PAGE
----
The Board of Public Works is expected to take up nearly $121 million in proposed spending cuts in response to sharp declines in state revenues as a result of the COVID-19 pandemic.
State officials have roughly six weeks to decide how to close an expected decrease in revenue that will approach if not exceed $1 billion in the current year based on updated projections released last week. The reductions proposed for the Board of Public Works meeting Wednesday mark the first of what could be several rounds of proposed reductions before the fiscal year ends on June 30.
The biggest cut — $97 million — would come from the state reserve fund.
Two-thirds of that, about $62 million, would be money fenced off in the current year’s budget that Hogan has said he will not spend on the desired purposes.
Another $35 million would be taken from funding dedicated to the Washington Metropolitan Area Transit Authority.
State law allows the three-member board, comprised of Gov. Larry Hogan, Comptroller Peter Franchot and Treasurer Nancy Kopp, to trim up to 25% of an agency’s budget without legislative approval. For the last several weeks, Lt. Gov. Boyd Rutherford has presided over the meetings in Hogan’s stead as the governor focuses his efforts on the daily management of the pandemic mitigation in Maryland.
The board made similar cuts under O’Malley during the most recent recession.
Kopp said the goal is to find “a combination of cuts and, I assume, balance transfers of funds as we have to have a balanced budget.”
Those cuts should not be taken all at once but rather in phases as it becomes clearer how deep the revenue declines are and how the state is recovering, Kopp said. The treasurer said some thought will be given to how cuts could affect other issues, such as whether reductions to school construction and renovation would also mean hurting jobs in the state.
“It’s not simply a question of cutting,” said Kopp.
Kopp, speaking last week, said she hoped the cuts this time would be done over a series of time rather than all at once. State Budget Secretary David Brinkley appeared to agree and said the state will deal with the current budget year first.
“The bottom line on how that ends up sets the stage for ideas and consideration of the FY21 budget,” said Brinkley.
The Board of Revenue Estimates and outside economists project that state governments will need years to recover from the economic slowdown from the pandemic.
Businesses in the state have similar concerns as the response to the virus, which included closing a large number of non-essential businesses across the state, also threw one in five working Marylanders onto the unemployment line.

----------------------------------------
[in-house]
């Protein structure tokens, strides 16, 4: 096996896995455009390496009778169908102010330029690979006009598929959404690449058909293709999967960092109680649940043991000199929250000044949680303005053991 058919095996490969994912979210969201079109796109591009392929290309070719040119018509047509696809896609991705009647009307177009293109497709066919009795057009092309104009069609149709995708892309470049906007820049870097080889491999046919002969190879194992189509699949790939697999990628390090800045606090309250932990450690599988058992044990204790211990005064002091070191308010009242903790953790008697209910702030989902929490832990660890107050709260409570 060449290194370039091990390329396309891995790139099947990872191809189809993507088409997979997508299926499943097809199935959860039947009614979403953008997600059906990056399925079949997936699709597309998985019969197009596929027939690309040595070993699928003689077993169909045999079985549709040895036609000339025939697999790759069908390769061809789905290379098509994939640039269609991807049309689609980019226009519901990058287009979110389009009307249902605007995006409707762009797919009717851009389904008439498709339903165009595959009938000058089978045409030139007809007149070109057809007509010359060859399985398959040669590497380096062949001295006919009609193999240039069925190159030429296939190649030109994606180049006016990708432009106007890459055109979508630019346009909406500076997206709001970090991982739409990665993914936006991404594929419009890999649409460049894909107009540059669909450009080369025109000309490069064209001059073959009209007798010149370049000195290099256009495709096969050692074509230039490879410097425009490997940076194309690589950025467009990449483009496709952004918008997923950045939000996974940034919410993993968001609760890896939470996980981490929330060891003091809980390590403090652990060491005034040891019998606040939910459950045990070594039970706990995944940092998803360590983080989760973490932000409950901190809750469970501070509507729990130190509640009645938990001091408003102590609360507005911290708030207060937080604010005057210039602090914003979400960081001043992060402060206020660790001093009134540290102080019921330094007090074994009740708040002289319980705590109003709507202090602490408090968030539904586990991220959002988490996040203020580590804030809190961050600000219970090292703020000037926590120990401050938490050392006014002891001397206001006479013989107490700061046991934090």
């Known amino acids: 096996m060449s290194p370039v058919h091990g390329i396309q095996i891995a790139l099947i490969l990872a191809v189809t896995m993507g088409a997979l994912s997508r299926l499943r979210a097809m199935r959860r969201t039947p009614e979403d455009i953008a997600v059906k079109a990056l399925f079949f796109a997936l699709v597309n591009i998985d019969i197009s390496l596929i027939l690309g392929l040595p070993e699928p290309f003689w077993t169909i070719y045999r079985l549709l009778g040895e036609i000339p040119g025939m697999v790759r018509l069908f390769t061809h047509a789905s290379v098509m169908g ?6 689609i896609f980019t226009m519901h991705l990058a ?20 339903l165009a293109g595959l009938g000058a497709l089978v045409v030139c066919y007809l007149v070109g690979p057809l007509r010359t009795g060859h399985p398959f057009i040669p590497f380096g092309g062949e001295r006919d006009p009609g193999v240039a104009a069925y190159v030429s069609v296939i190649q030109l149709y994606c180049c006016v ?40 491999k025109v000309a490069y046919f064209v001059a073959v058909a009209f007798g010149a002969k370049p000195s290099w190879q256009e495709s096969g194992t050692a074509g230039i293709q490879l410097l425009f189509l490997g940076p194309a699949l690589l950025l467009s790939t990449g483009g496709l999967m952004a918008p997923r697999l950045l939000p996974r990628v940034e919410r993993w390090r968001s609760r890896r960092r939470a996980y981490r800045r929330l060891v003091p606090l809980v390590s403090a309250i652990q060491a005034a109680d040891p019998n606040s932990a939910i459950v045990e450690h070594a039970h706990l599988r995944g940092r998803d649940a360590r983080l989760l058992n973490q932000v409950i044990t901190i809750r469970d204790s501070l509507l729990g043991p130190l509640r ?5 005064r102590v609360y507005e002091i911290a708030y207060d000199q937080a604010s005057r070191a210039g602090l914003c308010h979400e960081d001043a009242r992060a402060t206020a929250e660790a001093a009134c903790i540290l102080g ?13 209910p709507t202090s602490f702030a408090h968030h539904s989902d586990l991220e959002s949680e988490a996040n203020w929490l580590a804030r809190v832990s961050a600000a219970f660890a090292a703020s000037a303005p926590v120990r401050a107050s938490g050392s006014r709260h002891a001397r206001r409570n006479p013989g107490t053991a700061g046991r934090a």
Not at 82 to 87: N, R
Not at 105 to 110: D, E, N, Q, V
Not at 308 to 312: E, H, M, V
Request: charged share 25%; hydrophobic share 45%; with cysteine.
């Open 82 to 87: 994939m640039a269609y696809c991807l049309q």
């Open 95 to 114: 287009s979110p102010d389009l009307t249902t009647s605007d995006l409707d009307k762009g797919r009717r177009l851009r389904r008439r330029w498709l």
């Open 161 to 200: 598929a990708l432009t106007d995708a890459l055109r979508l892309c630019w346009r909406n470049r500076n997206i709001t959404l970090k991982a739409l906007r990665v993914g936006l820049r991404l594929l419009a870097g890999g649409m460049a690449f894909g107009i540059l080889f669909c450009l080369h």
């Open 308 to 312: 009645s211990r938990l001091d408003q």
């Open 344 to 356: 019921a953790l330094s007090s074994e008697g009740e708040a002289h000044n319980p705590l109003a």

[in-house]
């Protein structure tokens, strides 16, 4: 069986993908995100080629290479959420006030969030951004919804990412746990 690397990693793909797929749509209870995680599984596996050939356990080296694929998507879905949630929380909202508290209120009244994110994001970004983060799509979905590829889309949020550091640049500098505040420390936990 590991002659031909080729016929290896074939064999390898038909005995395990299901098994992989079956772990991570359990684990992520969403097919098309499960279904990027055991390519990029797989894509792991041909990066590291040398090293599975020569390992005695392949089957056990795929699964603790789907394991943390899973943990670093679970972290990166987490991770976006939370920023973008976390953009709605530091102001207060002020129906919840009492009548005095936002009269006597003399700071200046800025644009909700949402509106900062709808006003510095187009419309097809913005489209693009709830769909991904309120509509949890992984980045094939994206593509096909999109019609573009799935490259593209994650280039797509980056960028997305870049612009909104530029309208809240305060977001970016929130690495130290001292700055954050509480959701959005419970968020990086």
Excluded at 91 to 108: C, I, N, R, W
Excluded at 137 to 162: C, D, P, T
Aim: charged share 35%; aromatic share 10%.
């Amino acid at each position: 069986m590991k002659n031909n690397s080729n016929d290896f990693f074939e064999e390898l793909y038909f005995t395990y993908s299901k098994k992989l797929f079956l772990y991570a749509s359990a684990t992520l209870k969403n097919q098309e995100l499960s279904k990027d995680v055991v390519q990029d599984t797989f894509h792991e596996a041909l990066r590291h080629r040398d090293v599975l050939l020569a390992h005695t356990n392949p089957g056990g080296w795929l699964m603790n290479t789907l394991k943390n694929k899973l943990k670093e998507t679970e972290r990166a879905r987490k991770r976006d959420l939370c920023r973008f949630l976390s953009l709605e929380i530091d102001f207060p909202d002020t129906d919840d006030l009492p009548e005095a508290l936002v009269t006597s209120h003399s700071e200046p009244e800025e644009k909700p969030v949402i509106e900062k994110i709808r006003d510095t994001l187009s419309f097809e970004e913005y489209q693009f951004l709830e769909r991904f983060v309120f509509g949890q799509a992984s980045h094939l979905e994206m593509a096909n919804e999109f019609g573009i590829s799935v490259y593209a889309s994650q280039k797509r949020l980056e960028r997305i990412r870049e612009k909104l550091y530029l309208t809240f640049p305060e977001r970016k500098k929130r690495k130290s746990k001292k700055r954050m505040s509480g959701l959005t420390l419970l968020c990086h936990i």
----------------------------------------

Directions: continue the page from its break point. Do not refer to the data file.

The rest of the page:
Estimates released last week by the Board of Revenue Estimates Thursday anticipate a decline in state revenues between $925 million and $1.1 billion by June 30.
Hogan enacted a budget and hiring freeze on April 10 and said it was likely the state would spend down the state’s rainy day fund even as it seeks additional federal aid to cover revenue loses. He has not ruled out furloughs or layoffs of state employees.
The proposed cuts on Wednesday’s BPW budget also include more than $10.5 million in grant funding for public schools and community colleges. About $7.6 million would come from unallocated funding for grants for public school safety projects. Another nearly $3 million comes from unallocated funds for the Community College Facilities Renewal grants. The Department of Budget and Management said no projects will be canceled.
The proposed reduction represents nearly 15% of the state reserve fund.
That funding would be replaced in future years with bonds — something that Gov Larry Hogan criticized then-Gov. Martin O’Malley for doing during the Great Recession.
Also on the chopping block is $7 million in reduced funding for the Heritage Structure Rehabilitation tax credit within the state Department of Planning. The proposed cut represents more than 24% of the department’s budget for the current year.
The board will also consider a proposed $5 million reduction to the Department of Housing and Community Development. More than $4.2 million would be taken from unallocated funds set aside for the Baltimore Regional Neighborhood Initiative. The balance would come from a strategic demolition program. The proposed cuts represent nearly 14% of the department’s budget.
None of the reductions come from state debt payments, mandated public school funding or salaries of public officials.